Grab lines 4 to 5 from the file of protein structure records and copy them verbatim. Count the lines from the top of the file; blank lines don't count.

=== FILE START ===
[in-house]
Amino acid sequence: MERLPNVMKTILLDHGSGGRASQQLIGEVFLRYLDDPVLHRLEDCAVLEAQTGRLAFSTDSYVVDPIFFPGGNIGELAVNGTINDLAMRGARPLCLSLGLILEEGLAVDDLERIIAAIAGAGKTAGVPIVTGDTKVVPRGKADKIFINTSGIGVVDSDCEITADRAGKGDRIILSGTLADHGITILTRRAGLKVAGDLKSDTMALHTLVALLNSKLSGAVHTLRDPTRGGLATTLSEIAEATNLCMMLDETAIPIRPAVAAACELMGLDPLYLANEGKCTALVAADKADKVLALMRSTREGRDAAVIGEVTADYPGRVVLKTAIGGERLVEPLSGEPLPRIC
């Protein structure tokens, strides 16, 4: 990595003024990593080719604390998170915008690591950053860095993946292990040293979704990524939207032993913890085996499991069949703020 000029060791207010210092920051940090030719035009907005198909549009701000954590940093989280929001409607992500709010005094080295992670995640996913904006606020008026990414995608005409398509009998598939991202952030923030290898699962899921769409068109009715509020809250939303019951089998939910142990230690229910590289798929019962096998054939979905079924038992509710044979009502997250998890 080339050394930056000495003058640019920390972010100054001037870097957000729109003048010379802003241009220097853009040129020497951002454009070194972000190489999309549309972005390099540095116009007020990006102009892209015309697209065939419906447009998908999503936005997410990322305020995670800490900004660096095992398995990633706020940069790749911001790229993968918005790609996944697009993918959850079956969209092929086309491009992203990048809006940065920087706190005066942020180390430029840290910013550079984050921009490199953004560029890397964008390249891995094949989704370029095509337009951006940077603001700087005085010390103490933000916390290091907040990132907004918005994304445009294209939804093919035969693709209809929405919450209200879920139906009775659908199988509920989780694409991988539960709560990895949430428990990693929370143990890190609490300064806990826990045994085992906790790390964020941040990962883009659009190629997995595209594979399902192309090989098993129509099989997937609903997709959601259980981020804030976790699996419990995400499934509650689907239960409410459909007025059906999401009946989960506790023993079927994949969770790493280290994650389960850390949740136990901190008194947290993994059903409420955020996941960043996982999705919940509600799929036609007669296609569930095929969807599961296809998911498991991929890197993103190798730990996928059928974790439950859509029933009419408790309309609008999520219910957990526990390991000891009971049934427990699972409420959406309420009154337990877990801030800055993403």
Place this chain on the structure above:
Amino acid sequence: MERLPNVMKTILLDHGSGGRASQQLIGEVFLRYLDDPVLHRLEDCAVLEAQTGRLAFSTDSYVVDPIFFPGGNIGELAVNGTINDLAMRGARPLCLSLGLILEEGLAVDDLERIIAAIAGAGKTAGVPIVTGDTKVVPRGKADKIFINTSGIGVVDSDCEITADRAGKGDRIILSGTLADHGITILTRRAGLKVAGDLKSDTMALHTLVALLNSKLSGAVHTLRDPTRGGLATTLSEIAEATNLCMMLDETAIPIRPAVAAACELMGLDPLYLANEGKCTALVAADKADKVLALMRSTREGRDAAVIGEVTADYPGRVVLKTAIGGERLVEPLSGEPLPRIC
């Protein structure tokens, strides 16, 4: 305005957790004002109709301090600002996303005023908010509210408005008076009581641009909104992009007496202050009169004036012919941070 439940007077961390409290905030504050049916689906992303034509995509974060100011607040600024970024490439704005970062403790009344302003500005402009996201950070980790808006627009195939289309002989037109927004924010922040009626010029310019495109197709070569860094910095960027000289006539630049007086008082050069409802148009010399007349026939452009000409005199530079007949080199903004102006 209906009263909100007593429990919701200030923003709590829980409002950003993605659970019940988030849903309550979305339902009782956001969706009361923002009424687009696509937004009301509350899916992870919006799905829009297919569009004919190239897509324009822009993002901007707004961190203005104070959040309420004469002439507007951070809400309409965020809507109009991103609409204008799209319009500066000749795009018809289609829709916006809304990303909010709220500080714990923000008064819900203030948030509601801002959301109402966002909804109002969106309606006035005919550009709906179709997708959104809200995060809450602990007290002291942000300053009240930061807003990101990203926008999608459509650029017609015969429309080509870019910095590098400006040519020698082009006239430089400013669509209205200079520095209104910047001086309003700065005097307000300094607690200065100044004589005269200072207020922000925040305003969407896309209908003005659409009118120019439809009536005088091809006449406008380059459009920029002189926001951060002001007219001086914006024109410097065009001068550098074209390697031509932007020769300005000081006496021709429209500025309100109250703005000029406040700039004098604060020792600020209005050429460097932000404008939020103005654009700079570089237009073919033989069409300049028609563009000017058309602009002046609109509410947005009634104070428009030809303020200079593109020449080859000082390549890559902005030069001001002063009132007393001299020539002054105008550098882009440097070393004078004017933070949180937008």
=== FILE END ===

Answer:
Place this chain on the structure above:
Amino acid sequence: MERLPNVMKTILLDHGSGGRASQQLIGEVFLRYLDDPVLHRLEDCAVLEAQTGRLAFSTDSYVVDPIFFPGGNIGELAVNGTINDLAMRGARPLCLSLGLILEEGLAVDDLERIIAAIAGAGKTAGVPIVTGDTKVVPRGKADKIFINTSGIGVVDSDCEITADRAGKGDRIILSGTLADHGITILTRRAGLKVAGDLKSDTMALHTLVALLNSKLSGAVHTLRDPTRGGLATTLSEIAEATNLCMMLDETAIPIRPAVAAACELMGLDPLYLANEGKCTALVAADKADKVLALMRSTREGRDAAVIGEVTADYPGRVVLKTAIGGERLVEPLSGEPLPRIC